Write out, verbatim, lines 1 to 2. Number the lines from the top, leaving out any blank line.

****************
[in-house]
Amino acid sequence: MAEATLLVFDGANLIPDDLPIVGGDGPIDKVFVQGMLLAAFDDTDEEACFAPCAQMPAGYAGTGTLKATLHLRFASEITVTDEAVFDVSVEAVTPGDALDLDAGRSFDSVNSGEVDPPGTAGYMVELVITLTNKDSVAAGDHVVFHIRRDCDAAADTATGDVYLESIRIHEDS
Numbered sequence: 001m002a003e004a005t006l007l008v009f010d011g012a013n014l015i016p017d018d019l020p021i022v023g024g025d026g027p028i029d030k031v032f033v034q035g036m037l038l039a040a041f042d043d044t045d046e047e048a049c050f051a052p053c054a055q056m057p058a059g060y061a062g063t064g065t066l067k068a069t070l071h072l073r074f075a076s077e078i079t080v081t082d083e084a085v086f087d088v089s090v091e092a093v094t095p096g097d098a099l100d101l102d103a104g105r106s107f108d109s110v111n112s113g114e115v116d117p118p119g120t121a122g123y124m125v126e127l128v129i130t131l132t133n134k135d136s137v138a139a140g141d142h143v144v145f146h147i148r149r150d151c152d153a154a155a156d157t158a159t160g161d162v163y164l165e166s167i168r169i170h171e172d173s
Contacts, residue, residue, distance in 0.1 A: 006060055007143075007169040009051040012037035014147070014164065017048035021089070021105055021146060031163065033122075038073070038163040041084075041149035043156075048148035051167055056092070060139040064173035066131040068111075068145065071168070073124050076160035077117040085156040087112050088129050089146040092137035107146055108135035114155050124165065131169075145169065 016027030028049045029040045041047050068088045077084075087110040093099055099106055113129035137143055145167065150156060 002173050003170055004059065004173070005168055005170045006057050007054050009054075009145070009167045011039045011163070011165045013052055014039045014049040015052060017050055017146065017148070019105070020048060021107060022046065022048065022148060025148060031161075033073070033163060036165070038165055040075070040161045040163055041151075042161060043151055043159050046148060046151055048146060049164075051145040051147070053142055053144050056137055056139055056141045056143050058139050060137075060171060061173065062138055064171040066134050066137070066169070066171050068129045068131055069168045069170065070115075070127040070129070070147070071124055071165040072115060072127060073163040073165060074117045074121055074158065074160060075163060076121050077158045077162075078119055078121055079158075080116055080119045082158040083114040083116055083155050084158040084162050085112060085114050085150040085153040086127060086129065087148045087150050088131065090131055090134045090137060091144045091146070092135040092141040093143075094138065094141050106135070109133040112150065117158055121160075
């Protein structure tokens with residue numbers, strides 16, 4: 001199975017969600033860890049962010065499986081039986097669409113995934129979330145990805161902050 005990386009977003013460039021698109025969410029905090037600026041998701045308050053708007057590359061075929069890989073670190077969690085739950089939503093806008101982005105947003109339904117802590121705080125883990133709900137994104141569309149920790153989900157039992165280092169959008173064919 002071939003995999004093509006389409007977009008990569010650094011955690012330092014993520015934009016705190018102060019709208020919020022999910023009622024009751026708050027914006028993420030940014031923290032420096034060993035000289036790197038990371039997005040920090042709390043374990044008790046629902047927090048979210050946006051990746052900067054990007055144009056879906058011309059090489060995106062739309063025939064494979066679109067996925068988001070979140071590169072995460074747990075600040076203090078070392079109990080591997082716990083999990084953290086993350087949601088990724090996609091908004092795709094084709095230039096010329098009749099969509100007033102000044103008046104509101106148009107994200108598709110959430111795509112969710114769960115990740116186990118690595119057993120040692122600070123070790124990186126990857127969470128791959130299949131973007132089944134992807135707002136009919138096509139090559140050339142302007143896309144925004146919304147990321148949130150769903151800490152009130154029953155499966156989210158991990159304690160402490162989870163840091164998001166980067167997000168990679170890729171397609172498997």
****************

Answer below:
[in-house]
Amino acid sequence: MAEATLLVFDGANLIPDDLPIVGGDGPIDKVFVQGMLLAAFDDTDEEACFAPCAQMPAGYAGTGTLKATLHLRFASEITVTDEAVFDVSVEAVTPGDALDLDAGRSFDSVNSGEVDPPGTAGYMVELVITLTNKDSVAAGDHVVFHIRRDCDAAADTATGDVYLESIRIHEDS